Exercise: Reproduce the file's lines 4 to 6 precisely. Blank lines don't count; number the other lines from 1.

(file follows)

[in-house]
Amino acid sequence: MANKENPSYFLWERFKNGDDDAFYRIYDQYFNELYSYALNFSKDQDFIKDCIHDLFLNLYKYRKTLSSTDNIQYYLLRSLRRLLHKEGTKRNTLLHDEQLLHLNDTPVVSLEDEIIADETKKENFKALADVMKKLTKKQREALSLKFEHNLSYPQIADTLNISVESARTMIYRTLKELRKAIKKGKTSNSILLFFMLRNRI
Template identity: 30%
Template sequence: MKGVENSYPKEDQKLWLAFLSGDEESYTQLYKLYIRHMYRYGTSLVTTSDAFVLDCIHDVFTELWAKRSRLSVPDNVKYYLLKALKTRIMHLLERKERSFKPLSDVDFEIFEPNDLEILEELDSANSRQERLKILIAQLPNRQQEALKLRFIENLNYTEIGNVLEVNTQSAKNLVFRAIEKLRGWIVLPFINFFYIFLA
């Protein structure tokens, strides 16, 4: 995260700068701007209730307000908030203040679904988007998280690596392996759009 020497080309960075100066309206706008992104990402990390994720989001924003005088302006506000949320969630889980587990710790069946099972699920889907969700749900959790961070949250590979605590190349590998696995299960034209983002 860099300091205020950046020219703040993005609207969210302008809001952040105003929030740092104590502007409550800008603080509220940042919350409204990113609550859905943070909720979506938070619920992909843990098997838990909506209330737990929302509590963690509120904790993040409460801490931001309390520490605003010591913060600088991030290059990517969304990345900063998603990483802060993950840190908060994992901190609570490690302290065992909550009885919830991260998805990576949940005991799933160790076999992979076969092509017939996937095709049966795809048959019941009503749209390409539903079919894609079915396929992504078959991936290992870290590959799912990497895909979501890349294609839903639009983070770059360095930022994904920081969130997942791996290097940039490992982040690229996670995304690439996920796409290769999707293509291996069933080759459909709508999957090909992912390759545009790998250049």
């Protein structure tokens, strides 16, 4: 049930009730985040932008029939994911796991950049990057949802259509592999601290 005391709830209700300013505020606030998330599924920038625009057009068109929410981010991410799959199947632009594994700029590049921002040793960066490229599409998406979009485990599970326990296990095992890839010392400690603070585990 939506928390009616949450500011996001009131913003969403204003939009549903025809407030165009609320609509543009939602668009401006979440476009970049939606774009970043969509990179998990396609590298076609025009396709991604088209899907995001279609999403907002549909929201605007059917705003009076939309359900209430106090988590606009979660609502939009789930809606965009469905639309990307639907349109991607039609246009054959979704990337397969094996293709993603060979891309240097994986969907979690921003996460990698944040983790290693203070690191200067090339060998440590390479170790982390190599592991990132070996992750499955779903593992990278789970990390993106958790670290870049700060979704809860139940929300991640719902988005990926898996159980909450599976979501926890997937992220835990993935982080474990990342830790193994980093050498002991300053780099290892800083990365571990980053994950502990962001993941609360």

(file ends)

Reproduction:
Template sequence: MKGVENSYPKEDQKLWLAFLSGDEESYTQLYKLYIRHMYRYGTSLVTTSDAFVLDCIHDVFTELWAKRSRLSVPDNVKYYLLKALKTRIMHLLERKERSFKPLSDVDFEIFEPNDLEILEELDSANSRQERLKILIAQLPNRQQEALKLRFIENLNYTEIGNVLEVNTQSAKNLVFRAIEKLRGWIVLPFINFFYIFLA
């Protein structure tokens, strides 16, 4: 995260700068701007209730307000908030203040679904988007998280690596392996759009 020497080309960075100066309206706008992104990402990390994720989001924003005088302006506000949320969630889980587990710790069946099972699920889907969700749900959790961070949250590979605590190349590998696995299960034209983002 860099300091205020950046020219703040993005609207969210302008809001952040105003929030740092104590502007409550800008603080509220940042919350409204990113609550859905943070909720979506938070619920992909843990098997838990909506209330737990929302509590963690509120904790993040409460801490931001309390520490605003010591913060600088991030290059990517969304990345900063998603990483802060993950840190908060994992901190609570490690302290065992909550009885919830991260998805990576949940005991799933160790076999992979076969092509017939996937095709049966795809048959019941009503749209390409539903079919894609079915396929992504078959991936290992870290590959799912990497895909979501890349294609839903639009983070770059360095930022994904920081969130997942791996290097940039490992982040690229996670995304690439996920796409290769999707293509291996069933080759459909709508999957090909992912390759545009790998250049």
């Protein structure tokens, strides 16, 4: 049930009730985040932008029939994911796991950049990057949802259509592999601290 005391709830209700300013505020606030998330599924920038625009057009068109929410981010991410799959199947632009594994700029590049921002040793960066490229599409998406979009485990599970326990296990095992890839010392400690603070585990 939506928390009616949450500011996001009131913003969403204003939009549903025809407030165009609320609509543009939602668009401006979440476009970049939606774009970043969509990179998990396609590298076609025009396709991604088209899907995001279609999403907002549909929201605007059917705003009076939309359900209430106090988590606009979660609502939009789930809606965009469905639309990307639907349109991607039609246009054959979704990337397969094996293709993603060979891309240097994986969907979690921003996460990698944040983790290693203070690191200067090339060998440590390479170790982390190599592991990132070996992750499955779903593992990278789970990390993106958790670290870049700060979704809860139940929300991640719902988005990926898996159980909450599976979501926890997937992220835990993935982080474990990342830790193994980093050498002991300053780099290892800083990365571990980053994950502990962001993941609360």